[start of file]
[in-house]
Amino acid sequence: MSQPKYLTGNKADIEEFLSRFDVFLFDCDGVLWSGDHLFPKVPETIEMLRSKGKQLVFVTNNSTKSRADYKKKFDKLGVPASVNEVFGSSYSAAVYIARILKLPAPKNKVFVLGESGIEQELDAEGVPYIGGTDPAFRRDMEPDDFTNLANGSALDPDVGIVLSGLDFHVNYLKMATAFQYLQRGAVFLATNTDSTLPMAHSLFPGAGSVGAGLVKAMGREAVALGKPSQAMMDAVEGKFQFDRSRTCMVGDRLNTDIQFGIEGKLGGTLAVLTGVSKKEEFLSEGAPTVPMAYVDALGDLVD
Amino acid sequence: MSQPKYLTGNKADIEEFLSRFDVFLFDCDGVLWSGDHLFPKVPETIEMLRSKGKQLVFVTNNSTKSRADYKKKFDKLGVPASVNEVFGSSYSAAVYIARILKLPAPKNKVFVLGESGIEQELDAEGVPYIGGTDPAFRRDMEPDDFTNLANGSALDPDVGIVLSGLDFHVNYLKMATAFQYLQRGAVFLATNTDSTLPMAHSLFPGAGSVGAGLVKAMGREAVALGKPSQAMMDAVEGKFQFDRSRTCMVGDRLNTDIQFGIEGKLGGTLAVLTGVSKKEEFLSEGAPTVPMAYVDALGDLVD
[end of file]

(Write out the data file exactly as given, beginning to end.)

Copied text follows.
[in-house]
Amino acid sequence: MSQPKYLTGNKADIEEFLSRFDVFLFDCDGVLWSGDHLFPKVPETIEMLRSKGKQLVFVTNNSTKSRADYKKKFDKLGVPASVNEVFGSSYSAAVYIARILKLPAPKNKVFVLGESGIEQELDAEGVPYIGGTDPAFRRDMEPDDFTNLANGSALDPDVGIVLSGLDFHVNYLKMATAFQYLQRGAVFLATNTDSTLPMAHSLFPGAGSVGAGLVKAMGREAVALGKPSQAMMDAVEGKFQFDRSRTCMVGDRLNTDIQFGIEGKLGGTLAVLTGVSKKEEFLSEGAPTVPMAYVDALGDLVD
Amino acid sequence: MSQPKYLTGNKADIEEFLSRFDVFLFDCDGVLWSGDHLFPKVPETIEMLRSKGKQLVFVTNNSTKSRADYKKKFDKLGVPASVNEVFGSSYSAAVYIARILKLPAPKNKVFVLGESGIEQELDAEGVPYIGGTDPAFRRDMEPDDFTNLANGSALDPDVGIVLSGLDFHVNYLKMATAFQYLQRGAVFLATNTDSTLPMAHSLFPGAGSVGAGLVKAMGREAVALGKPSQAMMDAVEGKFQFDRSRTCMVGDRLNTDIQFGIEGKLGGTLAVLTGVSKKEEFLSEGAPTVPMAYVDALGDLVD